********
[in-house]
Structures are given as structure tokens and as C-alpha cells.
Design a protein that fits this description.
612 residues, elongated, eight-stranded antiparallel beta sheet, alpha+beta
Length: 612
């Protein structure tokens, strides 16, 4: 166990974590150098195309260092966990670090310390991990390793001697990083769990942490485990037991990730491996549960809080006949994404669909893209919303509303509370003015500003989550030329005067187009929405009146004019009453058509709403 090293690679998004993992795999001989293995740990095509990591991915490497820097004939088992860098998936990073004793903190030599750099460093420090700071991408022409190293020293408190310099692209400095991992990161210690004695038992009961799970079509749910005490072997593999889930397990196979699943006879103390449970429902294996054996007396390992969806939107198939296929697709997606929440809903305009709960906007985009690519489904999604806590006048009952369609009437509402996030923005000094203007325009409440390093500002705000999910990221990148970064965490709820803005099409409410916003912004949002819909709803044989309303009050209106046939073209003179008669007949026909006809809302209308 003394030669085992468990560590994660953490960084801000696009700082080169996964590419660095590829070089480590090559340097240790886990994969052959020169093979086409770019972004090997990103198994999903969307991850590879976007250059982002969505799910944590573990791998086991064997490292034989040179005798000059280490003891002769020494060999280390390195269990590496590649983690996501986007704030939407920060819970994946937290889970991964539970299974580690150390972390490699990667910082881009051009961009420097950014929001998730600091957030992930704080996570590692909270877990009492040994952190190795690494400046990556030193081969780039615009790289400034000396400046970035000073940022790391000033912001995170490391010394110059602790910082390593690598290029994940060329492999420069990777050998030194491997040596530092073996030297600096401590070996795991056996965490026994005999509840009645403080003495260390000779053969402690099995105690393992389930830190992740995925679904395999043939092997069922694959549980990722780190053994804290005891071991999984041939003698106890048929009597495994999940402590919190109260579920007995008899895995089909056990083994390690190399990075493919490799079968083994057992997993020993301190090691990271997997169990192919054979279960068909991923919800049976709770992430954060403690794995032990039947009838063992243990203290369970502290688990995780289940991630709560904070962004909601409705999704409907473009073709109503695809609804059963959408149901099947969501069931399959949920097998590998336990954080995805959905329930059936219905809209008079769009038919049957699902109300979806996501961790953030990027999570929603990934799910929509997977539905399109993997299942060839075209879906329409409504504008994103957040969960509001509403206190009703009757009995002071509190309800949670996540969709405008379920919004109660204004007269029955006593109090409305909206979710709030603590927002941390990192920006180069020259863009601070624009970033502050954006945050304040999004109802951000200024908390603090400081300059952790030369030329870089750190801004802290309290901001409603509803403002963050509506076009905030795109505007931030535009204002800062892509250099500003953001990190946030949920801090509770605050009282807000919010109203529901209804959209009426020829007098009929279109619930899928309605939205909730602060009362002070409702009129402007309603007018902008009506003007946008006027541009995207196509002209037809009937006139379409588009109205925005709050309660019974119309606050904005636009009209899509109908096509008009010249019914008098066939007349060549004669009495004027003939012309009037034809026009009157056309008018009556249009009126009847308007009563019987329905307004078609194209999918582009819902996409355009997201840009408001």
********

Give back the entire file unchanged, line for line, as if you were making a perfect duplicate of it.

[in-house]
Structures are given as structure tokens and as C-alpha cells.
Design a protein that fits this description.
612 residues, elongated, eight-stranded antiparallel beta sheet, alpha+beta
Length: 612
């Protein structure tokens, strides 16, 4: 166990974590150098195309260092966990670090310390991990390793001697990083769990942490485990037991990730491996549960809080006949994404669909893209919303509303509370003015500003989550030329005067187009929405009146004019009453058509709403 090293690679998004993992795999001989293995740990095509990591991915490497820097004939088992860098998936990073004793903190030599750099460093420090700071991408022409190293020293408190310099692209400095991992990161210690004695038992009961799970079509749910005490072997593999889930397990196979699943006879103390449970429902294996054996007396390992969806939107198939296929697709997606929440809903305009709960906007985009690519489904999604806590006048009952369609009437509402996030923005000094203007325009409440390093500002705000999910990221990148970064965490709820803005099409409410916003912004949002819909709803044989309303009050209106046939073209003179008669007949026909006809809302209308 003394030669085992468990560590994660953490960084801000696009700082080169996964590419660095590829070089480590090559340097240790886990994969052959020169093979086409770019972004090997990103198994999903969307991850590879976007250059982002969505799910944590573990791998086991064997490292034989040179005798000059280490003891002769020494060999280390390195269990590496590649983690996501986007704030939407920060819970994946937290889970991964539970299974580690150390972390490699990667910082881009051009961009420097950014929001998730600091957030992930704080996570590692909270877990009492040994952190190795690494400046990556030193081969780039615009790289400034000396400046970035000073940022790391000033912001995170490391010394110059602790910082390593690598290029994940060329492999420069990777050998030194491997040596530092073996030297600096401590070996795991056996965490026994005999509840009645403080003495260390000779053969402690099995105690393992389930830190992740995925679904395999043939092997069922694959549980990722780190053994804290005891071991999984041939003698106890048929009597495994999940402590919190109260579920007995008899895995089909056990083994390690190399990075493919490799079968083994057992997993020993301190090691990271997997169990192919054979279960068909991923919800049976709770992430954060403690794995032990039947009838063992243990203290369970502290688990995780289940991630709560904070962004909601409705999704409907473009073709109503695809609804059963959408149901099947969501069931399959949920097998590998336990954080995805959905329930059936219905809209008079769009038919049957699902109300979806996501961790953030990027999570929603990934799910929509997977539905399109993997299942060839075209879906329409409504504008994103957040969960509001509403206190009703009757009995002071509190309800949670996540969709405008379920919004109660204004007269029955006593109090409305909206979710709030603590927002941390990192920006180069020259863009601070624009970033502050954006945050304040999004109802951000200024908390603090400081300059952790030369030329870089750190801004802290309290901001409603509803403002963050509506076009905030795109505007931030535009204002800062892509250099500003953001990190946030949920801090509770605050009282807000919010109203529901209804959209009426020829007098009929279109619930899928309605939205909730602060009362002070409702009129402007309603007018902008009506003007946008006027541009995207196509002209037809009937006139379409588009109205925005709050309660019974119309606050904005636009009209899509109908096509008009010249019914008098066939007349060549004669009495004027003939012309009037034809026009009157056309008018009556249009009126009847308007009563019987329905307004078609194209999918582009819902996409355009997201840009408001």